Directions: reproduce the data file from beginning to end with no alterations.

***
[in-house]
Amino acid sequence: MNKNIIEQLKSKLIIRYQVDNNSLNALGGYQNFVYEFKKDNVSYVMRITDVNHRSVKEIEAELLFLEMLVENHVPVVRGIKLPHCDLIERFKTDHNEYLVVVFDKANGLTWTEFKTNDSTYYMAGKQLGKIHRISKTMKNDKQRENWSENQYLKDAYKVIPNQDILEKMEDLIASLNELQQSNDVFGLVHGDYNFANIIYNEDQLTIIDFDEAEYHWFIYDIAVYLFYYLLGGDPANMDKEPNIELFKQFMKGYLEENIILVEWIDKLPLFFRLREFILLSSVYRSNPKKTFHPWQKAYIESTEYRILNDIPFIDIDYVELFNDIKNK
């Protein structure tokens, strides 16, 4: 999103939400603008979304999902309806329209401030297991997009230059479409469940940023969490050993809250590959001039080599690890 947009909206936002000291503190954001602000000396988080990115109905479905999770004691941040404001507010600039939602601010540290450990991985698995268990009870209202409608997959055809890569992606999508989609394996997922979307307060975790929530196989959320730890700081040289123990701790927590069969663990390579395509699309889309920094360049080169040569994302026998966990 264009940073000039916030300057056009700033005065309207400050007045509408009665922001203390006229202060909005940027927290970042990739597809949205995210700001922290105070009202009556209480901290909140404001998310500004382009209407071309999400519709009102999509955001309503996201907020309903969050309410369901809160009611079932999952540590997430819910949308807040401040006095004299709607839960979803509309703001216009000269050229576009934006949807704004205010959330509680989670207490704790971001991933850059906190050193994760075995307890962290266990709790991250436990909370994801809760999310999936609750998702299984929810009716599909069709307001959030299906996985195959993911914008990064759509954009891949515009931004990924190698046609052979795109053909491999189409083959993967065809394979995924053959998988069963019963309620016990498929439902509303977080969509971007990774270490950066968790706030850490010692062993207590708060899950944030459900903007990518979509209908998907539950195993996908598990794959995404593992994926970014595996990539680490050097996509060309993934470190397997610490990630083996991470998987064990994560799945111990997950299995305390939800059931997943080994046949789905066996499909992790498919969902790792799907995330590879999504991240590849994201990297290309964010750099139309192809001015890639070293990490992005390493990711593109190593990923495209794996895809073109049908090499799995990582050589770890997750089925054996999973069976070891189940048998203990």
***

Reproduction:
[in-house]
Amino acid sequence: MNKNIIEQLKSKLIIRYQVDNNSLNALGGYQNFVYEFKKDNVSYVMRITDVNHRSVKEIEAELLFLEMLVENHVPVVRGIKLPHCDLIERFKTDHNEYLVVVFDKANGLTWTEFKTNDSTYYMAGKQLGKIHRISKTMKNDKQRENWSENQYLKDAYKVIPNQDILEKMEDLIASLNELQQSNDVFGLVHGDYNFANIIYNEDQLTIIDFDEAEYHWFIYDIAVYLFYYLLGGDPANMDKEPNIELFKQFMKGYLEENIILVEWIDKLPLFFRLREFILLSSVYRSNPKKTFHPWQKAYIESTEYRILNDIPFIDIDYVELFNDIKNK
């Protein structure tokens, strides 16, 4: 999103939400603008979304999902309806329209401030297991997009230059479409469940940023969490050993809250590959001039080599690890 947009909206936002000291503190954001602000000396988080990115109905479905999770004691941040404001507010600039939602601010540290450990991985698995268990009870209202409608997959055809890569992606999508989609394996997922979307307060975790929530196989959320730890700081040289123990701790927590069969663990390579395509699309889309920094360049080169040569994302026998966990 264009940073000039916030300057056009700033005065309207400050007045509408009665922001203390006229202060909005940027927290970042990739597809949205995210700001922290105070009202009556209480901290909140404001998310500004382009209407071309999400519709009102999509955001309503996201907020309903969050309410369901809160009611079932999952540590997430819910949308807040401040006095004299709607839960979803509309703001216009000269050229576009934006949807704004205010959330509680989670207490704790971001991933850059906190050193994760075995307890962290266990709790991250436990909370994801809760999310999936609750998702299984929810009716599909069709307001959030299906996985195959993911914008990064759509954009891949515009931004990924190698046609052979795109053909491999189409083959993967065809394979995924053959998988069963019963309620016990498929439902509303977080969509971007990774270490950066968790706030850490010692062993207590708060899950944030459900903007990518979509209908998907539950195993996908598990794959995404593992994926970014595996990539680490050097996509060309993934470190397997610490990630083996991470998987064990994560799945111990997950299995305390939800059931997943080994046949789905066996499909992790498919969902790792799907995330590879999504991240590849994201990297290309964010750099139309192809001015890639070293990490992005390493990711593109190593990923495209794996895809073109049908090499799995990582050589770890997750089925054996999973069976070891189940048998203990």